Morphological and ice-dynamical changes on the Tasman Glacier, New Zealand, 1990-2007

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dc.contributor.author Quincey, Duncan J.
dc.contributor.author Glasser, Neil F.
dc.date.accessioned 2010-12-15T10:52:02Z
dc.date.available 2010-12-15T10:52:02Z
dc.date.issued 2009-08-01
dc.identifier.citation Quincey , D J & Glasser , N F 2009 , ' Morphological and ice-dynamical changes on the Tasman Glacier, New Zealand, 1990-2007 ' Global and Planetary Change , vol 68 , no. 3 , pp. 185-197 . en
dc.identifier.other PURE: 155287
dc.identifier.other dspace: 2160/6002
dc.identifier.uri http://hdl.handle.net/2160/6002
dc.description Quincey, D.J., Glasser, N.F. (2009). Morphological and ice-dynamical changes on the Tasman Glacier, New Zealand, 1990-2007. Global and Planetary Change, 68 (3): 185-197 en
dc.description.abstract This paper presents data concerning recent (1990–2007) surface morphological and ice-dynamical changes on the Tasman Glacier, New Zealand. We use remote-sensing data to derive rates of lake growth, glacier velocities and rates of glacier surface lowering. Between 1990 and 2007, the glacier terminus receded ~ 3.5 km and a large ice-contact proglacial lake developed behind the outwash head. By 2007 the lake area was ~ 6 km2 and had replaced the majority of the lowermost 4 km of the glacier tongue. There is evidence that lake growth is proceeding at increasing rates — the lake area doubled between 2000 and 2007 alone. Measured horizontal glacier velocities decline from 150 m a− 1 in the upper glacier catchment to almost zero at the glacier terminus and there is a consequent down-glacier increase in surface debris cover. Surface debris mapping shows that a large catastrophic rockfall onto the glacier surface in 1991 is still evident as a series of arcuate debris ridges below the Hochstetter icefall. Calculated glacier surface lowering is most clearly pronounced around the terminal area of the glacier tongue, with down-wasting rates of 4.2 ± 1.4 m a− 1 in areas adjacent to the lateral moraine ridges outside of the current lake extent. Surface lowering rates of approximately 1.9 ± 1.4 m a− 1 are common in the upper areas of the glacier. Calculations of future lake expansion are dependent on accurate bathymetric and bed topography surveys, but published data indicate that a further 8–10 km of the glacier is susceptible to calving and further lake development in the future en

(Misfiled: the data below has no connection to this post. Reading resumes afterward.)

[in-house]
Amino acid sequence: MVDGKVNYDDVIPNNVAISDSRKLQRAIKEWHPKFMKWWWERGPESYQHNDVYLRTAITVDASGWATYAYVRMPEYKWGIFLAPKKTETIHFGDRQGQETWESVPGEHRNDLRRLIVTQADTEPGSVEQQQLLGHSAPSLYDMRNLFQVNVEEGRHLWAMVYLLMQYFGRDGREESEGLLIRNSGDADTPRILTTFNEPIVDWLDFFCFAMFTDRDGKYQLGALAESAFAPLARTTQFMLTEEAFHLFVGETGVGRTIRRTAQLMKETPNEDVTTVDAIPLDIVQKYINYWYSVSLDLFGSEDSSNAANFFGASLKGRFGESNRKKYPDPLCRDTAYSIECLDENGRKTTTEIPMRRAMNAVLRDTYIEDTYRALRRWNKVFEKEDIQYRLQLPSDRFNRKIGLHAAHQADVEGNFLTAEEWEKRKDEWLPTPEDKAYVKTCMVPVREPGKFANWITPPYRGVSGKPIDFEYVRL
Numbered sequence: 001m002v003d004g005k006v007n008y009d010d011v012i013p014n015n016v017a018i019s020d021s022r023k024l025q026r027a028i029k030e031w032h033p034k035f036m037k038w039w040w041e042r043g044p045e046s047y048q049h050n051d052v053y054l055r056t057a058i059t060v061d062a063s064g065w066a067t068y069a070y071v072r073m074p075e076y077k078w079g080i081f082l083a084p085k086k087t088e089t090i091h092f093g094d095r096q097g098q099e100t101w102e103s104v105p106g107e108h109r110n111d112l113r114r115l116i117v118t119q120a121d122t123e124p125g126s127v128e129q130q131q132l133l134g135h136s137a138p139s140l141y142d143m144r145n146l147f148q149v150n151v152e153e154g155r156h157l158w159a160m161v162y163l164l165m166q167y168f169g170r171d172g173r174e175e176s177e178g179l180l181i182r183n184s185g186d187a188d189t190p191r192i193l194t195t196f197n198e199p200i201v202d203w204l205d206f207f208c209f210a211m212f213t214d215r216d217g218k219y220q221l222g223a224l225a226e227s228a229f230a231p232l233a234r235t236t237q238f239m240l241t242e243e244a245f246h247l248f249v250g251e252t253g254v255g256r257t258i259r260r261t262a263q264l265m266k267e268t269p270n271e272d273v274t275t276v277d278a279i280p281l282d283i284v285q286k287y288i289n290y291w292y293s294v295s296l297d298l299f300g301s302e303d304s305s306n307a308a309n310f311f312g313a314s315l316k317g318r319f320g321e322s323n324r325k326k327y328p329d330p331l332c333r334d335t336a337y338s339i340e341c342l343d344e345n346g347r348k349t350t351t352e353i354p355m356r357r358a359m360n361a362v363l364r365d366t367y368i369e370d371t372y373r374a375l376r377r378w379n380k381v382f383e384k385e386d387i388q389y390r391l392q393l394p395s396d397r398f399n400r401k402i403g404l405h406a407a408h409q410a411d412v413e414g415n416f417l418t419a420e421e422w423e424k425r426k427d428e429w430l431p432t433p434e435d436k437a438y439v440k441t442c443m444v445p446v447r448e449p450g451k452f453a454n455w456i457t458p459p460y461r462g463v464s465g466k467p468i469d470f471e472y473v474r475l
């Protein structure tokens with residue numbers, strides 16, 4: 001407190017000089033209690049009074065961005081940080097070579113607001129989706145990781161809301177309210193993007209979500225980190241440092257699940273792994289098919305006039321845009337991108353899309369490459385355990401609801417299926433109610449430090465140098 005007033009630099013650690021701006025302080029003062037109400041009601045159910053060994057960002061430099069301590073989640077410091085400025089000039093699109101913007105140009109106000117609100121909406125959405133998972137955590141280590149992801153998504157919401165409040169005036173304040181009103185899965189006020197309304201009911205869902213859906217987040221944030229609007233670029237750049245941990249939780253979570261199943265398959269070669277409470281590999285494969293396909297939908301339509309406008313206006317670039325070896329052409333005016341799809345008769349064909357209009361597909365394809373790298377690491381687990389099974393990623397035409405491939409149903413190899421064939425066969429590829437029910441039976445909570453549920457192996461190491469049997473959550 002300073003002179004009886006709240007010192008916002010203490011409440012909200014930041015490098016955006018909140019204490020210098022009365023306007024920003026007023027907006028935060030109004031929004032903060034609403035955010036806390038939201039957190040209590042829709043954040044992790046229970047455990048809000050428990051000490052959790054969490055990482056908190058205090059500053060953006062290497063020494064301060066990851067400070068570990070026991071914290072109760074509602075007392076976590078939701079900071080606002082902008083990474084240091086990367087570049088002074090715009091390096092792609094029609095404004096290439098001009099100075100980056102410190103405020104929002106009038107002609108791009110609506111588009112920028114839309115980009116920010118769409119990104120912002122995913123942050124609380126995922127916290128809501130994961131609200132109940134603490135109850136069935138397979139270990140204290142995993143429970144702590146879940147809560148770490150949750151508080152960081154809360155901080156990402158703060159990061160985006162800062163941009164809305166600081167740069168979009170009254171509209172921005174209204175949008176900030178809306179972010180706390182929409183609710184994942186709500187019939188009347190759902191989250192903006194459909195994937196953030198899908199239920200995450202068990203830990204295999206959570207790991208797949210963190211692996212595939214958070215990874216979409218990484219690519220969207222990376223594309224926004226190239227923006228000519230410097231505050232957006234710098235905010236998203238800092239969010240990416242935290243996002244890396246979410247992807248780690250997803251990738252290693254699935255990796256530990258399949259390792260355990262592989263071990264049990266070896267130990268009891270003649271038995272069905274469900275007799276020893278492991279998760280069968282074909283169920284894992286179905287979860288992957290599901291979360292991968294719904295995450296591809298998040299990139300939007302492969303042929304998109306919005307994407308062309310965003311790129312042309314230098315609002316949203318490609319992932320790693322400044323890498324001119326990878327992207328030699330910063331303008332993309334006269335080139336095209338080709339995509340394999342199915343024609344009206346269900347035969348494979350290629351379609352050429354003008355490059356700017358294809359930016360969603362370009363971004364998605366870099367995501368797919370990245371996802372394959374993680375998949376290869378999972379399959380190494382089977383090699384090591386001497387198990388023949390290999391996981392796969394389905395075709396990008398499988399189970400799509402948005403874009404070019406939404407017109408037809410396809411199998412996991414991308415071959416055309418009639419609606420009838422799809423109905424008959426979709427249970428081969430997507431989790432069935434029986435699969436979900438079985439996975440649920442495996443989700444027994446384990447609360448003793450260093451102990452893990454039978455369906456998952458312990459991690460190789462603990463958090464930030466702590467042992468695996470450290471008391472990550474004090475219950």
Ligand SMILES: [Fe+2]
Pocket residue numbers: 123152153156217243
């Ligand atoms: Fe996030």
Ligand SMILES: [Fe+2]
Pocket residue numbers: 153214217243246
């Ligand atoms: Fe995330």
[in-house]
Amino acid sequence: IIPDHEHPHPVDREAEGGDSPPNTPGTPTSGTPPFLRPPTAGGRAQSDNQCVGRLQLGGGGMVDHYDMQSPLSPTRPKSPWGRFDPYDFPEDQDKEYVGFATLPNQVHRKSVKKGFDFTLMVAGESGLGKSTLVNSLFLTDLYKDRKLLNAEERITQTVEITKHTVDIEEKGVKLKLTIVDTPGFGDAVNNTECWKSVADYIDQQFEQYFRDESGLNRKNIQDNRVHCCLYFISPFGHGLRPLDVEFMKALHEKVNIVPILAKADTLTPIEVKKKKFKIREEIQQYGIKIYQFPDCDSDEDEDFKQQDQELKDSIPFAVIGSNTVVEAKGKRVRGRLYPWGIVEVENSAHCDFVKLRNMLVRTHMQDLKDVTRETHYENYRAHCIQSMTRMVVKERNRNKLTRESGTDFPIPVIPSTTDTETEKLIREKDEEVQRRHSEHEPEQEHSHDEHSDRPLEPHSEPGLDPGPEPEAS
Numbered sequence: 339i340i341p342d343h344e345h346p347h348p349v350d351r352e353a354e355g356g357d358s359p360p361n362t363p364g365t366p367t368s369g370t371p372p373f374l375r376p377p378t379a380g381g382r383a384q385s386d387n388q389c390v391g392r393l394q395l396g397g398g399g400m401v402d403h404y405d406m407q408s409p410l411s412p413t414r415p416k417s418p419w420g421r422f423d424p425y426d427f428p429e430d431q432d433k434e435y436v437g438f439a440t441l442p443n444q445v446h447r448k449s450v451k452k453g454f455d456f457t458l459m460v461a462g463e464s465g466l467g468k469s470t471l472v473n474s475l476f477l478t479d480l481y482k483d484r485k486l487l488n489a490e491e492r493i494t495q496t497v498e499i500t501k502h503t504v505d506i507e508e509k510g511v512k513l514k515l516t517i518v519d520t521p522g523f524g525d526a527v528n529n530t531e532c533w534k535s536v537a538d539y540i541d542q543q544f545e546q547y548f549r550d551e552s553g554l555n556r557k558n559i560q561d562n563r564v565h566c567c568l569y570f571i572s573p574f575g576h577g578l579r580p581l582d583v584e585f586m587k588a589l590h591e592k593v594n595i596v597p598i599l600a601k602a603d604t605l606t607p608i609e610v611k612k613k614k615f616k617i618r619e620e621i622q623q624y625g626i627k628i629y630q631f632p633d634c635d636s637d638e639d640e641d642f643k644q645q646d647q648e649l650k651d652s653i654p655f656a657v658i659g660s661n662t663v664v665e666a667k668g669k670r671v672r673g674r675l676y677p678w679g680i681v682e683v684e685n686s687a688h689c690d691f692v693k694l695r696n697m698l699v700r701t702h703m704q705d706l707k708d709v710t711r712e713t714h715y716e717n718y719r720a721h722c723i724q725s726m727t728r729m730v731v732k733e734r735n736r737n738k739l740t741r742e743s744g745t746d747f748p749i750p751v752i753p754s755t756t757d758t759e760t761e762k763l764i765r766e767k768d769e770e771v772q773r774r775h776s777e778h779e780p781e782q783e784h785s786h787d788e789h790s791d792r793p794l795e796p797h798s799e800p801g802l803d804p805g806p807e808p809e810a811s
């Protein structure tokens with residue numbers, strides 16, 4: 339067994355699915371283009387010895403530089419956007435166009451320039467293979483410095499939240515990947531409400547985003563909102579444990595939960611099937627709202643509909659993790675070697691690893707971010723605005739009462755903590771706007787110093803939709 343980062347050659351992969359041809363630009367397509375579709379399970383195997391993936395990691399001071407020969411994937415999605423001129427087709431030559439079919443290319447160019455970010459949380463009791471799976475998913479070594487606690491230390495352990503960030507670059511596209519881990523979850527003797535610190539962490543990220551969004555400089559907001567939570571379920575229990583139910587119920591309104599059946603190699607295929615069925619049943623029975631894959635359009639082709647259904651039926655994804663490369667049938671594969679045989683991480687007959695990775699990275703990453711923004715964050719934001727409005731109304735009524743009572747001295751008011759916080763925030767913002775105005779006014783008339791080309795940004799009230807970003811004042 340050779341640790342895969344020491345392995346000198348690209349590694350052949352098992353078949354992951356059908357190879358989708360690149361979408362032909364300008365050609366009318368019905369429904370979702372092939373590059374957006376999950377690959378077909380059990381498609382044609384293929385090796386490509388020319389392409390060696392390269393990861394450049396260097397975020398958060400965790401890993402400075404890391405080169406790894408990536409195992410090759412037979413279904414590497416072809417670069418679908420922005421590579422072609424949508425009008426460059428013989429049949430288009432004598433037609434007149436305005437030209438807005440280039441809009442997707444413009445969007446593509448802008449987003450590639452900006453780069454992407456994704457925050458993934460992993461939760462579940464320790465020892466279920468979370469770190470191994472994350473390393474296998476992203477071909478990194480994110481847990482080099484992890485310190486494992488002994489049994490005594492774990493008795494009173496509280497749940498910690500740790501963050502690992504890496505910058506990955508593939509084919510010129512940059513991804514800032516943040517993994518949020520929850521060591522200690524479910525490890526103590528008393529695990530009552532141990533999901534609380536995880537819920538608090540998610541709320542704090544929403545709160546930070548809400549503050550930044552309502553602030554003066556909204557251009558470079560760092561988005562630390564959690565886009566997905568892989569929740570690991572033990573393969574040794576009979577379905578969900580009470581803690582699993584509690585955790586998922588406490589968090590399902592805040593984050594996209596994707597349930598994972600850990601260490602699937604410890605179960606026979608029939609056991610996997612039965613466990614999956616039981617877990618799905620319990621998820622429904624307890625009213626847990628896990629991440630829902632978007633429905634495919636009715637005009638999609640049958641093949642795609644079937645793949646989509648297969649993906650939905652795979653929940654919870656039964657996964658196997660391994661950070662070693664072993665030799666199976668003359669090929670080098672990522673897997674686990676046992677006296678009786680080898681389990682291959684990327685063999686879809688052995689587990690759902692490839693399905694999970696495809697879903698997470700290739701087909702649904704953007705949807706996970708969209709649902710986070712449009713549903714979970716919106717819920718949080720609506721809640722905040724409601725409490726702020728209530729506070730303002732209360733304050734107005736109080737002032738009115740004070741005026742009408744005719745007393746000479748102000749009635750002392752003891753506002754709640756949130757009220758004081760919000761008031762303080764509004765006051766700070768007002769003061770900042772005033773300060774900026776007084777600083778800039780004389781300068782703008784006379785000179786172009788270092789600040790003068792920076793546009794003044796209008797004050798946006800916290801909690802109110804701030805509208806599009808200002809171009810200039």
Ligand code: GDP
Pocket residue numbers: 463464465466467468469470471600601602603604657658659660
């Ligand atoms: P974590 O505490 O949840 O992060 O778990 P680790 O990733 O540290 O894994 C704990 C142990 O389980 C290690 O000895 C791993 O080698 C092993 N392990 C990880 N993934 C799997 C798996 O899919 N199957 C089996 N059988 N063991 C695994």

dc.format.extent 13 en
dc.language.iso eng
dc.relation.ispartof Global and Planetary Change en
dc.title Morphological and ice-dynamical changes on the Tasman Glacier, New Zealand, 1990-2007 en
dc.type Text en
dc.type.publicationtype Article (Journal) en
dc.identifier.doi http://dx.doi.org/10.1016/j.gloplacha.2009.05.003
dc.contributor.institution Institute of Geography & Earth Sciences en
dc.contributor.institution Centre for Glaciology en
dc.description.status Peer reviewed en


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